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Back pain in dogs – how to recognize it!

Back pain in dogs is no exception!

If you think that back pain in dogs is an exceptional phenomenon, you are far wrong. Many more four-legged friends are affected than one might think.

In the last blog post I already told you something about the anatomy of the spine. There are a lot of similarities to the human spine. Diseases such as spondylosis or herniated discs can also affect both humans and dogs.

But what about back pain?

Back pain can really make life difficult for us humans. You may know this from your own painful experience. But what about our dogs? Do our four-legged friends feel the same way about them?

Definitely yes! The difference: people can clearly tell when their back hurts. With our dogs, sometimes it’s hard to tell at first glance.

Why is that?

This is because showing pain to your dog is a sign of weakness. So at first he will try to hide the fact that he has back pain. Often the signs are also misinterpreted. Because did you know that his lameness in the hind legs can also have back problems as a cause? So then a problem in the hip or knee is suspected, although the back hurts. Incorrect loading can also cause the quadruped to show lameness in the front legs – although the back is the real culprit.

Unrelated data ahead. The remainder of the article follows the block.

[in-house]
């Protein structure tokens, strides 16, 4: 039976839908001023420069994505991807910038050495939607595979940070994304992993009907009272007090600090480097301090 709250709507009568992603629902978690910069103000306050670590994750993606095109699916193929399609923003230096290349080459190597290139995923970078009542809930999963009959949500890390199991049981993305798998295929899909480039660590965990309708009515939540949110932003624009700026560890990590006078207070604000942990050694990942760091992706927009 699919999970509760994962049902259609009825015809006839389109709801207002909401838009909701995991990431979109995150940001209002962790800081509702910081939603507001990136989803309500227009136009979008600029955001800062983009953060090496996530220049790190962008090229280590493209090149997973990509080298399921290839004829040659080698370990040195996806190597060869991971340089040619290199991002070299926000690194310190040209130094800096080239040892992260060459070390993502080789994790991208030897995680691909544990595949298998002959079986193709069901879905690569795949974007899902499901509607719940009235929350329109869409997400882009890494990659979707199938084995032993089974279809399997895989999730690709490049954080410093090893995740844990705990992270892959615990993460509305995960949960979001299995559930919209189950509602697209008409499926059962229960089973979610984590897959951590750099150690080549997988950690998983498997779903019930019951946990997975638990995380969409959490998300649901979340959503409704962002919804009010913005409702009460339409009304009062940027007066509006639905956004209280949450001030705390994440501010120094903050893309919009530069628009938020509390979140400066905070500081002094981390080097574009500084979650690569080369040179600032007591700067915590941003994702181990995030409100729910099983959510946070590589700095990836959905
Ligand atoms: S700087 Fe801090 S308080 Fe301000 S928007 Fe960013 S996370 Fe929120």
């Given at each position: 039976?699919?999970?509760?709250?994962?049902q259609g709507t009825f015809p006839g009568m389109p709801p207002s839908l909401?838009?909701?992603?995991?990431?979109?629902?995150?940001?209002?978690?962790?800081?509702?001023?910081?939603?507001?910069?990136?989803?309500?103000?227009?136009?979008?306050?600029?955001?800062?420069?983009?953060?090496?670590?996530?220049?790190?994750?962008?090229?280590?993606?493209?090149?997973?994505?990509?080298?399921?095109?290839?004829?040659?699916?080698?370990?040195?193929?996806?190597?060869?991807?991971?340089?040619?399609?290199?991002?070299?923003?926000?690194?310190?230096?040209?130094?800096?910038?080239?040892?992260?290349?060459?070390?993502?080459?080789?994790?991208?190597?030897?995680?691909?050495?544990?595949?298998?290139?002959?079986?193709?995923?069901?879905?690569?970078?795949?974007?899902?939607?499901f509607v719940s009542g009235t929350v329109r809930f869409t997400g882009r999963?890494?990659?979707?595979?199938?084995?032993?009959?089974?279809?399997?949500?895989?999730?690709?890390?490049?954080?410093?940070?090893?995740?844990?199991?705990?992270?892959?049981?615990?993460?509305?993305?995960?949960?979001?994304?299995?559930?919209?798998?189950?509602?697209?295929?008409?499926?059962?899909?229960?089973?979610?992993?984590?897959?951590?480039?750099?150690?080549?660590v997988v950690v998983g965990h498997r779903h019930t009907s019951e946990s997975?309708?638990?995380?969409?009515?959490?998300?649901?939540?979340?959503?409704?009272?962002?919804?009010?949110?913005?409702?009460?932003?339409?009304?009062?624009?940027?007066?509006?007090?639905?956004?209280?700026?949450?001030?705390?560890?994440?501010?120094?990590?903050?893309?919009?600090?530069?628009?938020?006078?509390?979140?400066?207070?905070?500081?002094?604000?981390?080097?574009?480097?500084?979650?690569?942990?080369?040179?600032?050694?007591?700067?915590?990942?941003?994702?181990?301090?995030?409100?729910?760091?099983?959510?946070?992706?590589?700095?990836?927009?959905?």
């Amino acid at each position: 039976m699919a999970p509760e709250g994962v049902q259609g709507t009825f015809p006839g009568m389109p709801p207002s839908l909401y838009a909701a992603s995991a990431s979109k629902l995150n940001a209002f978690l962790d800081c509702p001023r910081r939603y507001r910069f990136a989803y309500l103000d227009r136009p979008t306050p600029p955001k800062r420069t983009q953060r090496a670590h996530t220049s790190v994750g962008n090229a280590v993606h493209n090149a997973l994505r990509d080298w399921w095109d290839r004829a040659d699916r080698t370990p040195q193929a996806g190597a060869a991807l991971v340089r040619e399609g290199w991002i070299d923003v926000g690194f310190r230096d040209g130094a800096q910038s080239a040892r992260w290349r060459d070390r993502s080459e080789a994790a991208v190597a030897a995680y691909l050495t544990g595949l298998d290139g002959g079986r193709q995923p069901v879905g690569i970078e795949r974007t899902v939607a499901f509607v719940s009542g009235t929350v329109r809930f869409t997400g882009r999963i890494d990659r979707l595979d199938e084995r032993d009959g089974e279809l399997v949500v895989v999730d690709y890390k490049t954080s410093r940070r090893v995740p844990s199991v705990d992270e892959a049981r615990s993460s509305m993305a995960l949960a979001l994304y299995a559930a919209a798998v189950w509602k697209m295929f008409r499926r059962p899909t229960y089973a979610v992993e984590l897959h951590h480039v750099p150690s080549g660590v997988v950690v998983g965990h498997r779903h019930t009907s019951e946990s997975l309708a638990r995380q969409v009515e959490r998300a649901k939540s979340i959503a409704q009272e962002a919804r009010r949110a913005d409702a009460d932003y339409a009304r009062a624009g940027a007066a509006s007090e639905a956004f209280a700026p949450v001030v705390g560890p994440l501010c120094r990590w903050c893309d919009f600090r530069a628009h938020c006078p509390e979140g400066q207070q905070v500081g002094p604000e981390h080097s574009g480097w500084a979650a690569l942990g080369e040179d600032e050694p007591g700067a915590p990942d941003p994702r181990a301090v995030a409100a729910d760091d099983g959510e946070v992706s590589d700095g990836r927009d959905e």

Therefore, today I have compiled for you the most important signs of back pain in dogs:

  • Permanent or intermittent lameness of the front and/or hind legs.
  • Raised back
  • Avoid movements
  • Avoiding jumps e.g. into the car or onto the sofa
  • Crying out during certain movements
  • Weakness of the hind legs, also weakened musculature
  • The joy of movement decreases and the walks become shorter
  • Sudden and spontaneous snapping backwards – caused by a sharp pain
  • Nibbling or licking of joints – numbness or tingling may occur if nerve conduction is impaired.
  • Sluggish getting up or lying down often associated with vocalizations such as sighing, moaning
  • Sensitivity to touch on the back – wincing when touched
  • Paw loops
  • Tense back muscles
  • Behavioral changes such as anxiety, aggression, or apathy.

If your dog shows one or more of these symptoms, you should definitely take them seriously. Your dog is not faking. Back pain in dogs has a cause that should be clarified. It is best to present him to your veterinarian for a comprehensive diagnosis.

Would you like to learn more about pain in dogs and how to reliably recognize signs of pain? Then sign up for my free mini course “Recognizing signs of pain in dogs – incl. Checklist” on!

All the love, your Tina

Dieser Beitrag ist auch verfügbar auf: Français (French) Deutsch (German) Español (Spanish)

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